TSUKI’s debut album, Severance Package, is out now via SVNSET WAVES.
Who: Electronic music duo of Levi Chappell and Chanlar Rose.
What: Downtempo electronic music with elements of footwork, ambient, trip hop, and future garage, blended to hazy and intoxicating effect. (FFO: Shlohmo, Baths, XXYYXX)
Where: San Diego, US
Why: Off the tail of their 2016 EP, Sleep Where It’s Quiet, TSUKI were a “future beats” group through and through. Their music was hazy and dense, but was defined by a strong pop-leaning undercurrent. Not just in the sugary, synthetic textures, but in the gentle weaving of Chanlar’s whispery vocals into the tapestry, splicing and treating them for maximum ear-candy effect. It was a kind of sound that was easy to attribute to the groups influences, as Shlohmo and Baths loomed large over the project. However on their new debut album, Severance Package, TSUKI are starting to sound a lot more like TSUKI.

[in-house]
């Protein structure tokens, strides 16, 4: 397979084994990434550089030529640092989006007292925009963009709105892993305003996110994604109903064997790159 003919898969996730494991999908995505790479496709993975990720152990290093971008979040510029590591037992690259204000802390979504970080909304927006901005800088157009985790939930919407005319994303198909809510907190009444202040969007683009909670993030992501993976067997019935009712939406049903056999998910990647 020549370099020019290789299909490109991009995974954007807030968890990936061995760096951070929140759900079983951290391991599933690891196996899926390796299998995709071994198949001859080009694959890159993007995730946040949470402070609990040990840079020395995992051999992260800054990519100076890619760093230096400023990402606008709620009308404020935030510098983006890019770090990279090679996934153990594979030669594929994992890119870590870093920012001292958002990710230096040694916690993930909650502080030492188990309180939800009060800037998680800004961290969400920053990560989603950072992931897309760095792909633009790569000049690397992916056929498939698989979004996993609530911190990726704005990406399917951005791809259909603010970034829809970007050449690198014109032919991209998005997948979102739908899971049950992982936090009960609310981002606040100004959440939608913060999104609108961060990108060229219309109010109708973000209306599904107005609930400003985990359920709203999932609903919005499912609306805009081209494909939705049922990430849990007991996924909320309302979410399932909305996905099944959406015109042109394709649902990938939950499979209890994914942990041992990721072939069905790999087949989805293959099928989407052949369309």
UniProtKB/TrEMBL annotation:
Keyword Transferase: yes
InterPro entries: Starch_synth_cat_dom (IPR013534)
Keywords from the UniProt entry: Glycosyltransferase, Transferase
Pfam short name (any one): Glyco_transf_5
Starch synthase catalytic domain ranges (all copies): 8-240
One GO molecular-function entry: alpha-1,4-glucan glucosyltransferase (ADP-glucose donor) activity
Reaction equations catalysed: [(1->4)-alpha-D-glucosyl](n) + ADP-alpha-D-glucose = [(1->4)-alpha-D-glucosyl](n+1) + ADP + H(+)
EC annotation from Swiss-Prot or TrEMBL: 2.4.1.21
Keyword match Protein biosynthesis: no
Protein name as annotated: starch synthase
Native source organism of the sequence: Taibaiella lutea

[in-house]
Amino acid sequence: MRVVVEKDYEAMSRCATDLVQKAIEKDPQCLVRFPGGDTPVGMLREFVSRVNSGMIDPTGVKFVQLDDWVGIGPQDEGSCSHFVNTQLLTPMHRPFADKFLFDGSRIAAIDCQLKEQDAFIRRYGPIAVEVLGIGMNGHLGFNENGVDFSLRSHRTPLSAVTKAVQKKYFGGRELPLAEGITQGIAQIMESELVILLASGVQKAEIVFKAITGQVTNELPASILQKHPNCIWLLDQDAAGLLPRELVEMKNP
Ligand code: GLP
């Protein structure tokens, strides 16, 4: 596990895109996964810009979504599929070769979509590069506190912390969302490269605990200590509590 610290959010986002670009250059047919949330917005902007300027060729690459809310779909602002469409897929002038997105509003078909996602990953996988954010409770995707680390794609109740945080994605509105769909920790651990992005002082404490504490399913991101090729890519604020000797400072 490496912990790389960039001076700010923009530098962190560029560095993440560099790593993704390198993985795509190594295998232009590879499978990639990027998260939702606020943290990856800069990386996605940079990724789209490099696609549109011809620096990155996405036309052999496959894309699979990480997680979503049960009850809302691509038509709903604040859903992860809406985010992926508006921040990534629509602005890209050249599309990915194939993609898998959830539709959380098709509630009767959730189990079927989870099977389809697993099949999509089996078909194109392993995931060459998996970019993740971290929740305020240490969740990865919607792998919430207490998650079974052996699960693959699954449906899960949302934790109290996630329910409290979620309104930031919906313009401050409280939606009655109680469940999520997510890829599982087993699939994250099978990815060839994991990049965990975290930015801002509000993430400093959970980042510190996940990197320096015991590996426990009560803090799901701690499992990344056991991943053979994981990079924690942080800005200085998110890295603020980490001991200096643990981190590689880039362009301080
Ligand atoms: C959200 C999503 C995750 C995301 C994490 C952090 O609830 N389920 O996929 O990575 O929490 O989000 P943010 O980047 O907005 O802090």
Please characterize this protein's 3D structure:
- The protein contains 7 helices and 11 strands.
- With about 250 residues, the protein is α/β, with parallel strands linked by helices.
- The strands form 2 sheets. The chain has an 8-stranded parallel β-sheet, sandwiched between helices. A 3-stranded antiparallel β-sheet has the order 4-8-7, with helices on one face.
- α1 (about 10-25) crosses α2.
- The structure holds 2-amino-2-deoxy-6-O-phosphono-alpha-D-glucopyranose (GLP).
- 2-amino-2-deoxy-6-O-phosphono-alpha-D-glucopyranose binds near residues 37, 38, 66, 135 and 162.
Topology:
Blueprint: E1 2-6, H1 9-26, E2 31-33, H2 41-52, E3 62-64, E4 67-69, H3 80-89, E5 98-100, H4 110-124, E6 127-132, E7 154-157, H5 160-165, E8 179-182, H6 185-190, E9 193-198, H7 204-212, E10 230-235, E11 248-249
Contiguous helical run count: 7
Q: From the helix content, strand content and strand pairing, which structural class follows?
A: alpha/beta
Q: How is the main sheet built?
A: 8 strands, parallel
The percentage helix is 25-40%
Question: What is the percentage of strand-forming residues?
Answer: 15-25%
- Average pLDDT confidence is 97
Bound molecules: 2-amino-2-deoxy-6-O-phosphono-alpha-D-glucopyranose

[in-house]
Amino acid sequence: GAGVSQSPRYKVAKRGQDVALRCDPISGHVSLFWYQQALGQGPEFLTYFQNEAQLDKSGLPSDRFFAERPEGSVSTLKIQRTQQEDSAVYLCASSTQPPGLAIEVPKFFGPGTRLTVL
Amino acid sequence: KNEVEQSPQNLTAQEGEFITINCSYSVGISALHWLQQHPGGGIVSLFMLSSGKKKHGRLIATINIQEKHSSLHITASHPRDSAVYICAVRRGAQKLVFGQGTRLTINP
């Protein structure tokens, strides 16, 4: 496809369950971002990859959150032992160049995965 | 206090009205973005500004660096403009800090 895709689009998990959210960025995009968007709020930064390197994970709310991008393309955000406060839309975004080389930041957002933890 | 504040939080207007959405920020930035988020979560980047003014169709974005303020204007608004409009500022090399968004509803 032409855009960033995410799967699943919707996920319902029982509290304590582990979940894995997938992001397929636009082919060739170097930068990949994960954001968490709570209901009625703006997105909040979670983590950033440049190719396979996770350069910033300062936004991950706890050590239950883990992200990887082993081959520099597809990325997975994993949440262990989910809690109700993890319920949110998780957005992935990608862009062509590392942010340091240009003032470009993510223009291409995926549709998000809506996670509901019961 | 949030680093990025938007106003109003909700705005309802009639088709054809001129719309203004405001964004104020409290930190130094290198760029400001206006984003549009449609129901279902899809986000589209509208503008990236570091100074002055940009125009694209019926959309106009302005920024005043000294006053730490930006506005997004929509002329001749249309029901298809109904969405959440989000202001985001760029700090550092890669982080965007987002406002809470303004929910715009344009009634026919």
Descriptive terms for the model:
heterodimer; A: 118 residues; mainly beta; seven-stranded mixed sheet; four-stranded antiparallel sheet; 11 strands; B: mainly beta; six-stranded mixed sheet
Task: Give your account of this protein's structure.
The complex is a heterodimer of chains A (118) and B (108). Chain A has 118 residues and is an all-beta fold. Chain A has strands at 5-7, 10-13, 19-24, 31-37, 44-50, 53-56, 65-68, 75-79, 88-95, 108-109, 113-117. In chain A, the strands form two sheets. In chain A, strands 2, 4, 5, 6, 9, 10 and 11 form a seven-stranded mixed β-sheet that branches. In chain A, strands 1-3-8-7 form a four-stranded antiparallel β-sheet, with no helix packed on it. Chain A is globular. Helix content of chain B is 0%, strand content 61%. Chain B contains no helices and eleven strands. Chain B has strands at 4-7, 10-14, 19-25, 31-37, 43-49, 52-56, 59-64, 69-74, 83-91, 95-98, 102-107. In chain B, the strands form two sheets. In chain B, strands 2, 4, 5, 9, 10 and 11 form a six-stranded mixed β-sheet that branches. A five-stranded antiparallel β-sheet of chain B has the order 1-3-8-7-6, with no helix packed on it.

With tracks like “Boy”, TSUKI create a sort of indietronica, heavy on the -tronica, that is beautiful and unlike anything their contemporaries are doing, the sound of a campfire song on the edge of a spacecraft. And on the more electronic tracks, elements of ambient and footwork seep in from the edges and blend into something that sounds decidedly new, finding the space between emerging, hectic electronic styles and the soothing pallets of yesteryear.
Along with these changes in production comes a new direction from the group vocally, as Chanlar’s vocals sink into lower, more melancholic registers, and Levi’s vocals enter the mix like a cloud on “It’s Just Like You’re Dead”, as his listless voice, smothered in reverb, glides over a backdrop of synth washes and street noises. But more importantly, the group does away with the very in-vogue vocal chopping and lets their voices play through a track naturally, without interruption. A noticeable change that represents the loftier ambition of TSUKI here, ambitions that pay off well.